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of neo-stoicism contended, and just as times had become extremely bad they would surely change and become better again. In some circles the teachings of hermeticism, or hermetics, also offered relief. The Lutheran pastor Johann Rist (1607-67), for example, combined his interest in nature with speculations derived from hermeticism, and both of these approaches taught him on the basis of eschatological belief that as salvation history had progressed God allowed, even offered, insight into the laws of creation which had hitherto been undisclosed. On this basis Rist conducted what he considered scientific experiments that in retrospect should be classified as significant first steps towards modern natural science, even though Rist never attained the insights of his more famous contemporaries in other countries, foremost in Great Britain. Compared to the other ways of coping with the catastrophe of the Thirty Years' War, therefore, Rist's endeavours should not be overestimated. As a pastor in a rural parish who had to care for his flock, Rist was just as helpless as were most of his colleagues. More valid, and perhaps also more typical of the reaction to the hardship of the times than Rist's modest scientific experiments, were the hymns that he wrote in which he admonished true Lutherans to prepare for the coming of Christ's kingdom.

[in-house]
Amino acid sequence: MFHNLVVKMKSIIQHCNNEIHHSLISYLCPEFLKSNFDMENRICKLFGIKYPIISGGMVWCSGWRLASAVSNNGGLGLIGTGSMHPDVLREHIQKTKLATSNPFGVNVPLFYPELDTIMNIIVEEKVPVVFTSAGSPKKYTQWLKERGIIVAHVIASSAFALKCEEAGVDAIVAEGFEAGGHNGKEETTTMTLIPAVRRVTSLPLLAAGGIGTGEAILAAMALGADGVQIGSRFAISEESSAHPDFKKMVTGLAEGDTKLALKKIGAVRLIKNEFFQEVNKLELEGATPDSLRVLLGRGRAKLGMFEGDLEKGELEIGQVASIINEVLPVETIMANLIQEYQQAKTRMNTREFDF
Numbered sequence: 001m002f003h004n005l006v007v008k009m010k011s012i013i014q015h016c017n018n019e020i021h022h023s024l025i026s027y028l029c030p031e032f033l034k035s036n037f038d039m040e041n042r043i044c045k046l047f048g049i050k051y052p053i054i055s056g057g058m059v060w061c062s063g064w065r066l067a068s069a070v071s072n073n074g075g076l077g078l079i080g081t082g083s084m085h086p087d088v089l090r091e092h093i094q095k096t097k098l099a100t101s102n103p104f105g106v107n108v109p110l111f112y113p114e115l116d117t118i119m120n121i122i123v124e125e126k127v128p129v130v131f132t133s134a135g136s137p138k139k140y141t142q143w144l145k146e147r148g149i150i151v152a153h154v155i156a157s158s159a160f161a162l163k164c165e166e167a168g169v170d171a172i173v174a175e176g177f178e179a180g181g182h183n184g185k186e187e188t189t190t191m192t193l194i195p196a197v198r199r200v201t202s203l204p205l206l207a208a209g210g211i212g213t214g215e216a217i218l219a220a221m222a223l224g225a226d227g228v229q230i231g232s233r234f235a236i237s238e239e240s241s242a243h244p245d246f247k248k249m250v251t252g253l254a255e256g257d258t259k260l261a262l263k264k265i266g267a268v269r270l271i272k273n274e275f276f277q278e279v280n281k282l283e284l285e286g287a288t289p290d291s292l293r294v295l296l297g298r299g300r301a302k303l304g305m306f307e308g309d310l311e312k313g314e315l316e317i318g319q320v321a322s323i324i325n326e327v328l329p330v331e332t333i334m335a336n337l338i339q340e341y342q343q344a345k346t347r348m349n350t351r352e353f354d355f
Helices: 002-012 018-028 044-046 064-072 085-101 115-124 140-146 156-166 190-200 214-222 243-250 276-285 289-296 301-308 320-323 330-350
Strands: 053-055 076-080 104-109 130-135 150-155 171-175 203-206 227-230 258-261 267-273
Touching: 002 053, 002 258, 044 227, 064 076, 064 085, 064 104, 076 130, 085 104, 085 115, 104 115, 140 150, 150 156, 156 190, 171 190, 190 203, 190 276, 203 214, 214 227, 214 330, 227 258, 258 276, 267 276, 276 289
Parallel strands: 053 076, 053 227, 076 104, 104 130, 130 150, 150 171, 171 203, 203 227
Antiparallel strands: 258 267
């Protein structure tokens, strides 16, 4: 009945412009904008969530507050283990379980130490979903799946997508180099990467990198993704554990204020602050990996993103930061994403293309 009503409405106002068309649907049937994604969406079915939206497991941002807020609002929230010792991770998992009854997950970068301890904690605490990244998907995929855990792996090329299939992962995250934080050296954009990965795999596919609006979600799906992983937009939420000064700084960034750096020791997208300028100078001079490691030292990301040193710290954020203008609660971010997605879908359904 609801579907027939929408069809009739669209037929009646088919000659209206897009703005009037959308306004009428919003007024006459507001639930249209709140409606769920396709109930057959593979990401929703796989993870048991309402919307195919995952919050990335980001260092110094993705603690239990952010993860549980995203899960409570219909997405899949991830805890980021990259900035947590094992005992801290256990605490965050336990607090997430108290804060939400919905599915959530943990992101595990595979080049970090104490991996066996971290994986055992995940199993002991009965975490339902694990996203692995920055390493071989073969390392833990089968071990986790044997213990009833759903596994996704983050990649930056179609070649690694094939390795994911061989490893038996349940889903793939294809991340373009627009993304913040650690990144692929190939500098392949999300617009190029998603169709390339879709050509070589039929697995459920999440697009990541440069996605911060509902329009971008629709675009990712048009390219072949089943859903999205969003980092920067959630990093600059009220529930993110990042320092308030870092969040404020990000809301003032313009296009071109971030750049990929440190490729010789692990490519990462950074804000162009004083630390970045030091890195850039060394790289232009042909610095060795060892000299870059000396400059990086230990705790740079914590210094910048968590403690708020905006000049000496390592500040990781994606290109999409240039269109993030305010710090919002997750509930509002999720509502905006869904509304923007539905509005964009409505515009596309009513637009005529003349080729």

How much of Lutheran orthodoxy survived throughout the catastrophe of the Thirty Years' War is hard to assess. Lutheran pastors had been affected by despair, misery, hunger, and the experience of sudden, premature and violent death as much as anyone else. No visitations were held, and the church ordinances contained no advice for survival, nor did the learned compendia of Lutheran dogmatic teaching offer spiritual help. The famous city of Magdeburg, a proud symbol of Protestant culture, had been destroyed by imperial troops during the war, as had many other Protestant cities. Because many church archives were also burned it is difficult, even today, to reconstruct the history of Lutheranism in some places prior to the Thirty Years' War. In retrospect, perhaps, the one theological notion which deserves special attention is the belief that the number of God's true and faithful children is small and that persecution serves as proof that they are the elected. This notion is not restricted to the Thirty Years' War. It is, however, certainly the one theological tenet that helped to preserve Lutheran faith during the time of the war and for some time thereafter. Theophil Grossgebauer (1627-61) from Rostock, among others, came to this conclusion. A generation later, in a somewhat different context, this idea of the small group of God's true children was taken up by the Pietists.

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